Can't Breath: a case of unilateral diaphragmatic paralysis post CABG

Mohsin Khan D.O.1*, Mitchell S. Karl1, Ashwin Durairaj1, and Antonello Santini2

*1Florida Atlantic University, Schmidt School of Medicine, 777 Glades Road, Boca Raton, FL 33431, United States

2Department of Pharmacy, School of Medicine, University of Napoli Federico II, Via D. Montesano 49, 80131 Napoli, Italy

Diaphragmatic paralysis is a rare cause of dyspnea one should always consider in patients of all ages. Its presentation can range in severity from being asymptomatic to acute respiratory failure 1, 7. There are a variety of treatments available to improve symptoms. However, time is the key determinant for recovery. Its etiologies can range from trauma secondary to cardiothoracic surgery, infectious diseases, malignancy, inflammatory and neuromuscular conditions 2, 3, 7. In our case report, we present a 71 years old Caucasian male with an atypical presentation who was found to have unilateral diaphragmatic paralysis one-month post coronary artery bypass graft (CABG).

A 71 year old Caucasian male with a past medical history of coronary artery disease with recent CABG x 2 vessels one month prior, presented with progressive dyspnea for 4 days. The patient stated he was able to walk a block with minimal shortness of breath post procedure, however in the past few days he developed worsening dyspnea exacerbated by talking. Patient also complained of orthopnea requiring accessory muscle usage but no chest pain or leg swelling. Patient denied a cough, fevers, chills, pleurisy, abdominal pain, nausea or vomiting. Alleviating factors included rest and exacerbating factors were any type of minimal exertions. The patient denied recent travel or medication changes.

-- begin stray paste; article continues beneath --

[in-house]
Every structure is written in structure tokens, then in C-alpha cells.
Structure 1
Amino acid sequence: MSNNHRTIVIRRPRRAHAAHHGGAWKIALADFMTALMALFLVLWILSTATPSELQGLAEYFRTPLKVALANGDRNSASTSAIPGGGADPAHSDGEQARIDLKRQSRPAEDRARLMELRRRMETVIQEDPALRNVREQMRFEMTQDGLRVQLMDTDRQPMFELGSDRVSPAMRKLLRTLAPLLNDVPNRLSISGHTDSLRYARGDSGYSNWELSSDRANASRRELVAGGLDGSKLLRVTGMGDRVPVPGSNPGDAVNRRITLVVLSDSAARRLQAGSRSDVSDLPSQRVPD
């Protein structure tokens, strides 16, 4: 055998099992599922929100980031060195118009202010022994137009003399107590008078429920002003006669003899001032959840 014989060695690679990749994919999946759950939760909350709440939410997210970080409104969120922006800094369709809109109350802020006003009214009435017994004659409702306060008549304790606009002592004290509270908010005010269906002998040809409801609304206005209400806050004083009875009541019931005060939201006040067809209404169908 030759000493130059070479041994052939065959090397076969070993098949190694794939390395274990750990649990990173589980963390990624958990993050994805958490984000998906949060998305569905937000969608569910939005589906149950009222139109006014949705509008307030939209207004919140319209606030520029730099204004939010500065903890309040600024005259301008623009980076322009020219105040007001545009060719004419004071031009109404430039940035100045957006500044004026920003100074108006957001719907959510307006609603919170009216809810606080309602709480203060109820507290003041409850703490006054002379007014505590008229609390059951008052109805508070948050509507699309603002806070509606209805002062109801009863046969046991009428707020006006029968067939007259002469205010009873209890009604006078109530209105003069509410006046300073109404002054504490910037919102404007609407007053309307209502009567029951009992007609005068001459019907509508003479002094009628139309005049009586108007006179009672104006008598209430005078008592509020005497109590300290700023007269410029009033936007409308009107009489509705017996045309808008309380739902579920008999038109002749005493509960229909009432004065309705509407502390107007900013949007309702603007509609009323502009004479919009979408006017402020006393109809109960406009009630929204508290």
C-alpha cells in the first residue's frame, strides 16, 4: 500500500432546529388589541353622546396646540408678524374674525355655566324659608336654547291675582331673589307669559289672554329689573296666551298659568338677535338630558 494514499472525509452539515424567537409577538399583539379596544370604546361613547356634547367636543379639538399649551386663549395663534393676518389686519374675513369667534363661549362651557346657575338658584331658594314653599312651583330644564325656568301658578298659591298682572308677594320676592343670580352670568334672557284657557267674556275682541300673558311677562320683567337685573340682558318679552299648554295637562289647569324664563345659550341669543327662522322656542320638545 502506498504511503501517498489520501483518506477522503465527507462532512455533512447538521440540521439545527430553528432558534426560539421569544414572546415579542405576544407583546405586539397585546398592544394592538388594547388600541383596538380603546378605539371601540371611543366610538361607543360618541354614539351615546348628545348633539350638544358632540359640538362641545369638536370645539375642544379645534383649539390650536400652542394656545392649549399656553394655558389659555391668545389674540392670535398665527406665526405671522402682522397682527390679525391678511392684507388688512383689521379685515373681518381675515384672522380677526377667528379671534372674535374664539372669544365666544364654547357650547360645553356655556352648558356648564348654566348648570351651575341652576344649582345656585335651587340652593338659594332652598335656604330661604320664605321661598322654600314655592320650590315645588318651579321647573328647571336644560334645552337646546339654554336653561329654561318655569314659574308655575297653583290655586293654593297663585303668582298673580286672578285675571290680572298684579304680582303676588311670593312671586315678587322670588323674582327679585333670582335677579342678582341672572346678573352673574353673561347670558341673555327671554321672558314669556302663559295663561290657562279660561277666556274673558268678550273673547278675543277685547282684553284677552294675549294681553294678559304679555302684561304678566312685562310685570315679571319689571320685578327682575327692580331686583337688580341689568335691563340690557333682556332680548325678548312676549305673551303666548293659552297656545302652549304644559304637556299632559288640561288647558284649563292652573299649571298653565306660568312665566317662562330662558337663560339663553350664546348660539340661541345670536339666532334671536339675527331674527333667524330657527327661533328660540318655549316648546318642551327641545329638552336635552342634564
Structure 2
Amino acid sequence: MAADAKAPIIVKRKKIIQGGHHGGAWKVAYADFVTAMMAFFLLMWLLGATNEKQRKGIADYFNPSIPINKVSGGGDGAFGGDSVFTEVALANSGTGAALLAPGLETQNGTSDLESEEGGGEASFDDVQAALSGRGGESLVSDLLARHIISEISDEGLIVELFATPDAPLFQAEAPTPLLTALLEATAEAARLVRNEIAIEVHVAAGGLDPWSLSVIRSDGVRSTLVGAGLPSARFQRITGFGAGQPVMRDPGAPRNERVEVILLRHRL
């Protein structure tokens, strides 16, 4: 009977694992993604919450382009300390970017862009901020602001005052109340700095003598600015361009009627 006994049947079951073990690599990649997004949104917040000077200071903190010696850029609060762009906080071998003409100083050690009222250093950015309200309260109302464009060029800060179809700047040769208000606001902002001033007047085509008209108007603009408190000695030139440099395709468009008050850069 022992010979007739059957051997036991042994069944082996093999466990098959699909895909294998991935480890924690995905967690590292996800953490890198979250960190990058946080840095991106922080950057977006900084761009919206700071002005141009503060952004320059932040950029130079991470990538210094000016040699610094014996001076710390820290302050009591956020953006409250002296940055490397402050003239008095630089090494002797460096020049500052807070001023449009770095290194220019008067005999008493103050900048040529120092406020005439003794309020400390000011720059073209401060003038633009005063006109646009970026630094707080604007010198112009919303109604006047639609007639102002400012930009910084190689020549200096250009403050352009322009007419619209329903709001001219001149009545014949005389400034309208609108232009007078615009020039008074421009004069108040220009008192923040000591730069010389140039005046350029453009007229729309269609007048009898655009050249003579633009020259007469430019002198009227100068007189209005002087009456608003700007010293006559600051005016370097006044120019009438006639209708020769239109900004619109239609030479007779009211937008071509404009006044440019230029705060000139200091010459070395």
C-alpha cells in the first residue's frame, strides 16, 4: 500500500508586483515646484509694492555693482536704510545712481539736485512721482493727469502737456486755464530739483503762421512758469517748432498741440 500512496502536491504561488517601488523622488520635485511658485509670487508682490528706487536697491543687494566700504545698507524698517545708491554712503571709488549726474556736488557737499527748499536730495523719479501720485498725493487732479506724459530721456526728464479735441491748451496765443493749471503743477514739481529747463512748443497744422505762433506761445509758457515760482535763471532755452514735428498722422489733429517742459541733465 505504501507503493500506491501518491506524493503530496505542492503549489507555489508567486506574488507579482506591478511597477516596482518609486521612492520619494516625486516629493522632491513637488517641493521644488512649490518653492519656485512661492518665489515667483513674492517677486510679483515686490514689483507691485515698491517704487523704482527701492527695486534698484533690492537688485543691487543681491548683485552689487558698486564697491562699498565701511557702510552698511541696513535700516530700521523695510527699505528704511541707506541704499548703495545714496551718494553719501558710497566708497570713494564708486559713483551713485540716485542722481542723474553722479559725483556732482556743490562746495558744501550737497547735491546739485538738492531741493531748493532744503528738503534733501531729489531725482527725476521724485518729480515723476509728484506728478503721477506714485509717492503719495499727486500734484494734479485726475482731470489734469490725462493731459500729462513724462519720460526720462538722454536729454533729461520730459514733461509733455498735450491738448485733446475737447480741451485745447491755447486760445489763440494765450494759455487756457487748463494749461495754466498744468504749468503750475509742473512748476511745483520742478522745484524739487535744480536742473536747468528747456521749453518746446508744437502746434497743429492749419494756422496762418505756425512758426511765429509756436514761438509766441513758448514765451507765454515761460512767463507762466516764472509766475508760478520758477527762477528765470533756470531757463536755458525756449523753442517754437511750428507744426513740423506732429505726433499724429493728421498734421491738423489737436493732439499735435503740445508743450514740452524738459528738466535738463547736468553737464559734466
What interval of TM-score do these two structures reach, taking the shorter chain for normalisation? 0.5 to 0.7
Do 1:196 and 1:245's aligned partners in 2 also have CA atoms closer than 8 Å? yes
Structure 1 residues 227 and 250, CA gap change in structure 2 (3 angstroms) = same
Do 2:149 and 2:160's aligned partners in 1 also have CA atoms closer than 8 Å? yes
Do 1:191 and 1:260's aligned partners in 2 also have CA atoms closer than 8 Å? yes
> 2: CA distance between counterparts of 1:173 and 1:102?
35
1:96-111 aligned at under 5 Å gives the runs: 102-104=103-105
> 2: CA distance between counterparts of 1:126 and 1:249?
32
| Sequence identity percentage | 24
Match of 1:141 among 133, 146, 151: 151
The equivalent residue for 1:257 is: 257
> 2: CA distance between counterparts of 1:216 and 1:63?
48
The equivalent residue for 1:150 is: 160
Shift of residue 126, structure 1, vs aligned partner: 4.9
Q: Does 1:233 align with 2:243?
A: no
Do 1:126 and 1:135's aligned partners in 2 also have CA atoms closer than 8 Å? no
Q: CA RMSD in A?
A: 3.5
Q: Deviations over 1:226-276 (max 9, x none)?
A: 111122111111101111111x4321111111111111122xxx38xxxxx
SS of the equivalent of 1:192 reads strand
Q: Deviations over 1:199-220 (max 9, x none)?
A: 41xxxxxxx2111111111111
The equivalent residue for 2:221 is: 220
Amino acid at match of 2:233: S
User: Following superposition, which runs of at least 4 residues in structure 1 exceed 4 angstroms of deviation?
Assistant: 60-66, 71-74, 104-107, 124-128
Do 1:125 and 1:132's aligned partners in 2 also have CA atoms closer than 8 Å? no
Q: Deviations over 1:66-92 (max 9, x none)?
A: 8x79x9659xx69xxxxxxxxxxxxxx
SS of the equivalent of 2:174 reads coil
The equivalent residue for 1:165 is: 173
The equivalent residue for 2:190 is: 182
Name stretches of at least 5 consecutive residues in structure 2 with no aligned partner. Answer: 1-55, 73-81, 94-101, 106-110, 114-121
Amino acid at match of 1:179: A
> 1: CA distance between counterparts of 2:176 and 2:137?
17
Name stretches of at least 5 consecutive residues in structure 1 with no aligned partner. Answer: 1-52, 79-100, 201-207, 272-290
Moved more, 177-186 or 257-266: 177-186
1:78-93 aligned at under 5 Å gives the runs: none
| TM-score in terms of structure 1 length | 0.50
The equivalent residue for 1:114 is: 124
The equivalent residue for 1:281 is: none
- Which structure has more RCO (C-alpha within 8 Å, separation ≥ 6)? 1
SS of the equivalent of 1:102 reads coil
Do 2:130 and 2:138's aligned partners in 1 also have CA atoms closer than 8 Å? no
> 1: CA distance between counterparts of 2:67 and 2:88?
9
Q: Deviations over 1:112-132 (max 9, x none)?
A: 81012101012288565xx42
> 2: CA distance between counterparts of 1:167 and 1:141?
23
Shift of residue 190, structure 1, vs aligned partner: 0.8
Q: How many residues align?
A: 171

On physical exam, the patient’s vitals were: Temperature 98.8F, BP 138/75 mmHg, heart Rate 88 beats per minute, respiratory rate 18, Oxygen saturation 95% on room air. General: Caucasian male in mild respiratory distress. Head/Eyes/Ears/Nose/Throat: Normocephalic, atraumatic, pupils equal round reactive to light and accommodation, extraocular movements intact, jugular venous distention 4 cm. Heart: Regular Rate Rhythm, first and second heart sounds present, no murmurs or gallops appreciated, Lungs: Decreased breath sounds in the left base, no wheezing or crackles, no dullness to percussion on bilateral lung fields. In the supine position, abdominal accessory muscles contracting for respiration. Abdomen: bowel sounds present, rebound negative, no protrusions or masses. Extremities: no pitting edema, pedal pulses 2+ bilaterally. Neuro: Awake alert and oriented to time, place, and person, no focal deficits, sensation intact bilaterally, Cranial nerves 2-12 grossly intact. His electrocardiogram reveals sinus rhythm with premature atrial contractions, nonspecific ST-segment changes. His initial workup with a complete blood count, basic metabolic panel, thyroid stimulating hormone level, cardiac markers and pro-BNP were unremarkable. His chest imaging displayed left basilar atelectasis. An arterial blood gas performed supine and sitting was within normal limits, confirming that the patient was not hypoxic. The patient underwent fluoroscopy with sniff test which was positive for left-sided diaphragmatic paralysis. The patient had pulmonary function tests with spirometry in the supine and sitting position which confirmed the diagnosis. The patient was started on therapy with noninvasive positive pressure ventilation (NIPPV) at nighttime and his symptomatology drastically improved. Patient was able to ambulate around the hospital floor without the need for oxygen. Patient was discharged and advised to use continuous positive airway pressure (CPAP) every night until reassessment in four weeks.